Says President Is to Blame,
in discussion the acquisition of the
Philippines, Towne contended it was
a prearranged plan on the part of this
government, and in his opinion any
doubt on this point was banished by
the president himBelf. The third ar
ticle of the protocol with Spain reads:
"The United States will occupy and
hold any city, bay or harbor of Ma
nila, pending the conclusion of a
treaty of peace which shall determine
the control, disposition and govern
ment of the Philippines."
Yet, despite that definite provision,
the president, the senator urged, is
sued on December 21, 1898, his fam
ous "Benevolent assimiliation procla
mation." "Thus," he continued, "the
dilemma is this: Either that airticle
of the protocol does not mean what
it says, or the president in causing
the Issuance of the proclamation
broke the plighted faith of this gov
ernment. It is not agreeable to me
to use this language, but I devoutly
believe the republic is at the gravest
crisis in its history and I feel that
the necessary preliminary to its get
ting safe out is to cause people to re
alize how it came to get in." «qjgi
Says We Promised, 'Ifjfll
Towne maintained that the United
is under obligations of circuin-
.stances, if not, indeed, of actual prom
ise, to grant independence to the Fili
pinos, and that among nations, the for
mer was quite as binding as the lat
ter. He argued at length in support
o. his contention that the Filipinos
are perfectly" capable of governing
themselves, pointing1, out that eighty
per cent of the population of Luzon
pan read and write, and holding that
CHICAGO, Jan. 28.—Dr. J. M.
Rodermund, the eccentric physi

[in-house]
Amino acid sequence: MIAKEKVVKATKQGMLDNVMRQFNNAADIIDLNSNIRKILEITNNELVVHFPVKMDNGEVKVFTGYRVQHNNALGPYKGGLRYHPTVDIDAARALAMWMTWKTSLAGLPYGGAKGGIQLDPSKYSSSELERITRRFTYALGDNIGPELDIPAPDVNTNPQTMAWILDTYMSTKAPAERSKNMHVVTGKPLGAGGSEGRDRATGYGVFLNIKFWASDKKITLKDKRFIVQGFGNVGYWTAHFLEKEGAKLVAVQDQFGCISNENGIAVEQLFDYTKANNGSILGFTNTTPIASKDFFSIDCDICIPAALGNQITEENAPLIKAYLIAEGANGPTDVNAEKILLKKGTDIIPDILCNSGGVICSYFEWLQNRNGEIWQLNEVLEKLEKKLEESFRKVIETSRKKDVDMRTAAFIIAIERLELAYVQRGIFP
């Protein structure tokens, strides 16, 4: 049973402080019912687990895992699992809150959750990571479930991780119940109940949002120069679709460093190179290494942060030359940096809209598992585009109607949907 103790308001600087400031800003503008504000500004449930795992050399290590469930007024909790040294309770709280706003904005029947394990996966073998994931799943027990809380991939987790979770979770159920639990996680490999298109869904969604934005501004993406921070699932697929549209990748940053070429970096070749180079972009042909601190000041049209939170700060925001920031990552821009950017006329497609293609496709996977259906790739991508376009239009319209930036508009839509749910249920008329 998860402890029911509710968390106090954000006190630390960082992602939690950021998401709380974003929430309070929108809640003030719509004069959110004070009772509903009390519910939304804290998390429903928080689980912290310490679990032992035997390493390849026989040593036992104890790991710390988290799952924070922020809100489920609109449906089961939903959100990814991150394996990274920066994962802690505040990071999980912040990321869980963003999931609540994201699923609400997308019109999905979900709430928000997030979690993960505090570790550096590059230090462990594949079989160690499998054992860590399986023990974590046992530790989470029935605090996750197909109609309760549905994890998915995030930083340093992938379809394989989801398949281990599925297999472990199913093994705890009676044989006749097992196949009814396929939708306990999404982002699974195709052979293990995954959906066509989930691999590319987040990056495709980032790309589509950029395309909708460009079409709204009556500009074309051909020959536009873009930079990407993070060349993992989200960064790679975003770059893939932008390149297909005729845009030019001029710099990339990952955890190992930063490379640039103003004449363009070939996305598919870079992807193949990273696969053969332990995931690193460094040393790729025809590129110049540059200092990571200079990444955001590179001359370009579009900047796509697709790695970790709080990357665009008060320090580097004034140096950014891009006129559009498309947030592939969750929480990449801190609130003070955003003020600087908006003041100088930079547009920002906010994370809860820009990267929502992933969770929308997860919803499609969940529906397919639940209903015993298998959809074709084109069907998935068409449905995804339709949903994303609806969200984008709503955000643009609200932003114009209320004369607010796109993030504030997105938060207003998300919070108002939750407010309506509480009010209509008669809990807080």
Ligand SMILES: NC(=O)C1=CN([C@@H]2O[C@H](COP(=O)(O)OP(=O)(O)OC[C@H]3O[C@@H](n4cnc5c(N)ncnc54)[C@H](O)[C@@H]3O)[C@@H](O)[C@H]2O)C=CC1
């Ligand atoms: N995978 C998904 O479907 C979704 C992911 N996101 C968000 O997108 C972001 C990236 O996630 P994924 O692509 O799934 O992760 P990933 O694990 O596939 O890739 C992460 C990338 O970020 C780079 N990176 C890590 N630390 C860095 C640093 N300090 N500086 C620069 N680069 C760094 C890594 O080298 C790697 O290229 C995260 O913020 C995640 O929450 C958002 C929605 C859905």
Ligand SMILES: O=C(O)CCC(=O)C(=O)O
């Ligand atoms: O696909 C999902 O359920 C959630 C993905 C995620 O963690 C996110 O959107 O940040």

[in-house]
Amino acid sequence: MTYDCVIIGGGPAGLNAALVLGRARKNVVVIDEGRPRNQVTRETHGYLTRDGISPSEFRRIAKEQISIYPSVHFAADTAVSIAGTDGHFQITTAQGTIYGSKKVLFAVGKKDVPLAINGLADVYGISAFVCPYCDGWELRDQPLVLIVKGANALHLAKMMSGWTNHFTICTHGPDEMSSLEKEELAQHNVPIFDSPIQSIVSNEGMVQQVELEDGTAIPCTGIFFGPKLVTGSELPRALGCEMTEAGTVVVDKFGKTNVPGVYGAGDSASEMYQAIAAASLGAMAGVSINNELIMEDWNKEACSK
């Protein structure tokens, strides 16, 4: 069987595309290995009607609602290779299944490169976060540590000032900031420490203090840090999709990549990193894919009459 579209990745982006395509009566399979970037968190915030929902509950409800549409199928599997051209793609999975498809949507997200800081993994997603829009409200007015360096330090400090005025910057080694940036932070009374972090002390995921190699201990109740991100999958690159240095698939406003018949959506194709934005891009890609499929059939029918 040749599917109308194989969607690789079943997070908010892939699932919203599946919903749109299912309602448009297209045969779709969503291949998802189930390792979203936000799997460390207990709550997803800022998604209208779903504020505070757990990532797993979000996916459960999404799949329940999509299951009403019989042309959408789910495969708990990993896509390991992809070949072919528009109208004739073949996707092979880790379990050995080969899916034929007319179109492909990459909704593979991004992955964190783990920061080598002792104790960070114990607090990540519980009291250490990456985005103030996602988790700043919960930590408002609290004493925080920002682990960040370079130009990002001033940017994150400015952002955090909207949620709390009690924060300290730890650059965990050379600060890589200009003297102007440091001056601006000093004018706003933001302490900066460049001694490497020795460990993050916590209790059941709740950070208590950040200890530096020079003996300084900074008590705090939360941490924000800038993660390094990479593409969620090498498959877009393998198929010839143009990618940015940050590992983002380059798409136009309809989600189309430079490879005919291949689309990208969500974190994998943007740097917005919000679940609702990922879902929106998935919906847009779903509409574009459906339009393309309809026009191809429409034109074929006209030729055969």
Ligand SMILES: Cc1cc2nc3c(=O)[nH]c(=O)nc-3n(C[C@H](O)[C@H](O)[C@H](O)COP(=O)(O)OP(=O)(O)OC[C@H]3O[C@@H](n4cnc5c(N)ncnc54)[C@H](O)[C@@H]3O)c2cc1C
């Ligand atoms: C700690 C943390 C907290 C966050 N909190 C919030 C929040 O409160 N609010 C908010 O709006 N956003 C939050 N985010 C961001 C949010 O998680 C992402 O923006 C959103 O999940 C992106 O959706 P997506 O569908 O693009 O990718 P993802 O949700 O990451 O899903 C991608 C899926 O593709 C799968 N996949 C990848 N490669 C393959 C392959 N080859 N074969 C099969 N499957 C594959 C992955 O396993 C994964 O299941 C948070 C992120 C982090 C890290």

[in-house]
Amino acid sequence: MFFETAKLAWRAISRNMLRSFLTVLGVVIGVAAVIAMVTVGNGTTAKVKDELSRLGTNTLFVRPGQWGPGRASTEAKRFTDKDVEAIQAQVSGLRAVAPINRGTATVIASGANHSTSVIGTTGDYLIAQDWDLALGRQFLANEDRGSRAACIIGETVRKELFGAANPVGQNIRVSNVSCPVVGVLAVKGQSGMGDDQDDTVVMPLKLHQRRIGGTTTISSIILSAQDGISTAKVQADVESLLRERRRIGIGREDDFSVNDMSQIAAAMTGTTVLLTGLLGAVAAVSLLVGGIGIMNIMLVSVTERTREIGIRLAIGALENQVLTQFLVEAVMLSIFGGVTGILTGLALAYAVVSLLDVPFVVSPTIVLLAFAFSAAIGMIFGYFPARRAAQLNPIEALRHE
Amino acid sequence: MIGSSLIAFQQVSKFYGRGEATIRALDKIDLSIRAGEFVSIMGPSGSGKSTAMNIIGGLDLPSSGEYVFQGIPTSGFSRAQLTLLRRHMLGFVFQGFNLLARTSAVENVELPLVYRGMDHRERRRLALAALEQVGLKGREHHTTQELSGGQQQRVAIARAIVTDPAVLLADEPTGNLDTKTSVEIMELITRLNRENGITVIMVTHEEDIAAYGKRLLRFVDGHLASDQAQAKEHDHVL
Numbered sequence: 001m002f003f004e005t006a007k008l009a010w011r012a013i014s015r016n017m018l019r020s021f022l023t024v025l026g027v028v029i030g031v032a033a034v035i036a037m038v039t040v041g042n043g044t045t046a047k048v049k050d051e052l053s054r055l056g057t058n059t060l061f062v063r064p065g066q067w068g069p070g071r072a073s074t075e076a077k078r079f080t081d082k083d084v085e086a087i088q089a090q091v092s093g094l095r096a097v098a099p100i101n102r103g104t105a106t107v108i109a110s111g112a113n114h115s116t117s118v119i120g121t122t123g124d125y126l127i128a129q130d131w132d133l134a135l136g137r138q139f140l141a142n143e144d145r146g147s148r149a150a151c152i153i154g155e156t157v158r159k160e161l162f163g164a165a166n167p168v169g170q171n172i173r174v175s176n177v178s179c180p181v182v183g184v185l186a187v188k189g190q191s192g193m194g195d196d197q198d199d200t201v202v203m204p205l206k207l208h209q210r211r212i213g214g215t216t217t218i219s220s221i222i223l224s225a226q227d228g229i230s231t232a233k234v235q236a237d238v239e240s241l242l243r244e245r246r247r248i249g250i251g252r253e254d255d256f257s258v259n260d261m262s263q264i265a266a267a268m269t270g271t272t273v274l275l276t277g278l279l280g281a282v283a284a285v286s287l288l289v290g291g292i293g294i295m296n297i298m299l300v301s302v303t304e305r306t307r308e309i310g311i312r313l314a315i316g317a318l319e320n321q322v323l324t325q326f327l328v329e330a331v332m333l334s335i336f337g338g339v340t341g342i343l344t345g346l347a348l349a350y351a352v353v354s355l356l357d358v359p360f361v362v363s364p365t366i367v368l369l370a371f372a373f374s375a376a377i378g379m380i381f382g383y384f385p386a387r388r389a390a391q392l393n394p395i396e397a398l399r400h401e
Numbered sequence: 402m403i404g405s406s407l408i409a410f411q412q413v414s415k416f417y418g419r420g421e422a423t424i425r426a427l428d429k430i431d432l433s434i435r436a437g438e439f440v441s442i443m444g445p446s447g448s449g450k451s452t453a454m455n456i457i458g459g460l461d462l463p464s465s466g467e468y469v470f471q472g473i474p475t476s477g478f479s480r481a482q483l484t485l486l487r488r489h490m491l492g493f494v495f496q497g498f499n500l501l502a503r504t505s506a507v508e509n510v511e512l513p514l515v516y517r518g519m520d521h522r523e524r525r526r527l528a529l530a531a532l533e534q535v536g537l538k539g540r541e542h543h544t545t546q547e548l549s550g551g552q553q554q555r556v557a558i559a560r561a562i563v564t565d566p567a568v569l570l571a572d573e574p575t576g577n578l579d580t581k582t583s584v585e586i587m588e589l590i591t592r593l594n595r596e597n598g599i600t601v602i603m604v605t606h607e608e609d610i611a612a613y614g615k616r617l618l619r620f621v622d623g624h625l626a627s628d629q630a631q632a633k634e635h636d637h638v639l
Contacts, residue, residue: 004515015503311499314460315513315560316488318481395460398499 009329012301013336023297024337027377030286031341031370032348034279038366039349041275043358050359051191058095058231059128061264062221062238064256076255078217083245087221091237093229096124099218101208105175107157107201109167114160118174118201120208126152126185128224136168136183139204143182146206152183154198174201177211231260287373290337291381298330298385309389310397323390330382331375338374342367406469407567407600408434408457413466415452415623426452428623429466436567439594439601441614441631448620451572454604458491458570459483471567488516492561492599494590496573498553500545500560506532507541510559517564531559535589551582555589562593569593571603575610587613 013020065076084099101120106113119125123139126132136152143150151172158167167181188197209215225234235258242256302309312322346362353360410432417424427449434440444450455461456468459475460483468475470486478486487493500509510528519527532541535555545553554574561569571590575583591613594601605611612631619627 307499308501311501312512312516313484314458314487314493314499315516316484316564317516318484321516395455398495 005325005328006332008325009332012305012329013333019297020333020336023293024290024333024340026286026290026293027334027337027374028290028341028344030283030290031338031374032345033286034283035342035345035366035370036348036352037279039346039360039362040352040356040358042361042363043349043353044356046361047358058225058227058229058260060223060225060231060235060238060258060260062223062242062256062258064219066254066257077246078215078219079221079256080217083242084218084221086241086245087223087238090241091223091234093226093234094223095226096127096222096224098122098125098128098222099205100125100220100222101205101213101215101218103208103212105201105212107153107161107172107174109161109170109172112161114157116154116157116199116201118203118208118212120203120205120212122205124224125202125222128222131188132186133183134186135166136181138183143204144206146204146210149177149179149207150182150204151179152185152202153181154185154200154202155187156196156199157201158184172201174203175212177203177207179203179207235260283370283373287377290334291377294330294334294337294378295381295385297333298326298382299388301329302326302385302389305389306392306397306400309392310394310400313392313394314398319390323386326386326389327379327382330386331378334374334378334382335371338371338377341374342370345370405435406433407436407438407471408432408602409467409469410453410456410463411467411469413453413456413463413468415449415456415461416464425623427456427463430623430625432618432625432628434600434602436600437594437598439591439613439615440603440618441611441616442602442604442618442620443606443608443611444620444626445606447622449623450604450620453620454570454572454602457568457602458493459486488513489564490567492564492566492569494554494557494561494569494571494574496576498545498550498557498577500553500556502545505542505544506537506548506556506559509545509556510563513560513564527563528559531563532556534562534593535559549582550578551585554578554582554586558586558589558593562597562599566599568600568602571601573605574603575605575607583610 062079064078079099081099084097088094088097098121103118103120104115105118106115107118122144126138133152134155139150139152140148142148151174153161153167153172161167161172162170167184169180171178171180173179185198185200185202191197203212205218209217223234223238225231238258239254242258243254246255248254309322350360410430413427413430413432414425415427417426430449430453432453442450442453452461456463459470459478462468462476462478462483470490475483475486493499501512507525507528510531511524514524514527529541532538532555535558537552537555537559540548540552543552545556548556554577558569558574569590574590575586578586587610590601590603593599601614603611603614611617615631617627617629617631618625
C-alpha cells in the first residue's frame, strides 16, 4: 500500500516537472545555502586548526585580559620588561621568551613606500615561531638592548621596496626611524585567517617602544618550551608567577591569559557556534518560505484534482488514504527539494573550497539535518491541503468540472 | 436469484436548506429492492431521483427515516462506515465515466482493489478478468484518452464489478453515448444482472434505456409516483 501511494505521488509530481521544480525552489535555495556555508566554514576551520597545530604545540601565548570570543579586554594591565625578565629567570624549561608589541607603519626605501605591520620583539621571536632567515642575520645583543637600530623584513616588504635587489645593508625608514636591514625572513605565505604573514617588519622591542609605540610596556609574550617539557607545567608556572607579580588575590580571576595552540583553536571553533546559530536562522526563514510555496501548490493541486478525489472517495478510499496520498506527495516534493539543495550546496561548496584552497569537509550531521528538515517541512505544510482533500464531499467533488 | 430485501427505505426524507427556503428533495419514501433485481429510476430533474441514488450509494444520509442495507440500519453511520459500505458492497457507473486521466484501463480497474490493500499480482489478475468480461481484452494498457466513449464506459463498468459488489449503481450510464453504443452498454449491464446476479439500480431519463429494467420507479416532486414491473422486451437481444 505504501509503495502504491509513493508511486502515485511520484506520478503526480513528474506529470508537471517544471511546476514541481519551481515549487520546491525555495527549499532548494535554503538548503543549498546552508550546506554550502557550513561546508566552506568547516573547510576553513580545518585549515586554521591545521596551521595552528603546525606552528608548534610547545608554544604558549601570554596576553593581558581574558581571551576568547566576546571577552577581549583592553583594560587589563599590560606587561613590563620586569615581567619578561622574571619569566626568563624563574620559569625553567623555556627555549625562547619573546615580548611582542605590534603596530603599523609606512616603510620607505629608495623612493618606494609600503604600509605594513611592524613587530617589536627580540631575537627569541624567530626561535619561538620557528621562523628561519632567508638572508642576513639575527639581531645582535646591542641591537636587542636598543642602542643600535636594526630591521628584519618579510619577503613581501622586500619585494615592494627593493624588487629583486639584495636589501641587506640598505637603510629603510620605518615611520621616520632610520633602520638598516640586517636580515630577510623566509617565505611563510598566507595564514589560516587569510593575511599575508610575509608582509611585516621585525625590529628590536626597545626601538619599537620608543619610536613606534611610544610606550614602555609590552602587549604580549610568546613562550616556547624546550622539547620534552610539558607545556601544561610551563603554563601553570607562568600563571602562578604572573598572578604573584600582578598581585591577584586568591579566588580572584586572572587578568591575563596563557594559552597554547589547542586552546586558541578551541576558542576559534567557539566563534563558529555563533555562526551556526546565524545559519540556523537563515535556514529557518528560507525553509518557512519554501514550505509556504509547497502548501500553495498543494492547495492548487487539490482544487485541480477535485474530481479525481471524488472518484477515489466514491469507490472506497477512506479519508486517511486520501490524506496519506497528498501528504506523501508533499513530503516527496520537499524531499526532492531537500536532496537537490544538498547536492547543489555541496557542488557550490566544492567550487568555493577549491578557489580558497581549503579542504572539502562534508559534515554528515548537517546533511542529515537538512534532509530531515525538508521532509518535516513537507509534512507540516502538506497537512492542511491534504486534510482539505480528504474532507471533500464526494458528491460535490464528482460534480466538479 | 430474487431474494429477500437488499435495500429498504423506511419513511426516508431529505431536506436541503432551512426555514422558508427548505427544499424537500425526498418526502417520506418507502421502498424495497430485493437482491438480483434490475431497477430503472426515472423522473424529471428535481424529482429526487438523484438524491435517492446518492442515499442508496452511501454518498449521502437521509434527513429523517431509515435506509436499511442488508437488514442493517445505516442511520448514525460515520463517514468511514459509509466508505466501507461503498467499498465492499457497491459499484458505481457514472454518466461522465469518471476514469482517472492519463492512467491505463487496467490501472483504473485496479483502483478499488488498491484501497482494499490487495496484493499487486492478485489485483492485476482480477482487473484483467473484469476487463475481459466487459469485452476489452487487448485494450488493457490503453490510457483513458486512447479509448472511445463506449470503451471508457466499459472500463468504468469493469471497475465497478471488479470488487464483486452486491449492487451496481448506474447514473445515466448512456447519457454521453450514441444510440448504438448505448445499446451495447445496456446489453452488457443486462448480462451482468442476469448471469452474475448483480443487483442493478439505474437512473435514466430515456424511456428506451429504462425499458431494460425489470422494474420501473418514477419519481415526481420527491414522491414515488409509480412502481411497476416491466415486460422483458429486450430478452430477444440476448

clan of Appleton, Mis., who smear*
ed his face with the virus of a
smallpox patient in order to prove
his theory of noninfection, escap
cd the vigilance of the police
guard at Appleton Saturday night
and Chicago health and police of
ficlals are watching every train
to capture him if he lands in Chi
cago. A report from Appleton
yesterday afternoon credited the
physician with having started for
this city. Announcement that a
train load of maniacs was running
toward Chicago could not have
created greater constellation
among city officials.
There was no definite informa
tion of any particular train that
the physician had taken. He dis
appeared on a train yesterday
morning from Waupaca, where he
had spent most ot the night. All
traces of him were lost after he
left the little town sixty-five miles
from Appleton. Wisconsin towns
were notified to look out for him,
and on account of the difficulty
of hiding in a small town the be
lief was impressed on the Wiscon
sin people that Chicago was the
destination of^Rodermund.
Court Says the Bis Chicago Ditch
Is a Nuisance.
State of Illinois and Incidentally the
City of St. Louis Succeed in Their
Object to Present Use of Waterway
—Their Claim. -,
Washington, Jan. 28.—The United
State supreme court today rendered
an opinion in the case of the Chicago
drainage canal overruling the demur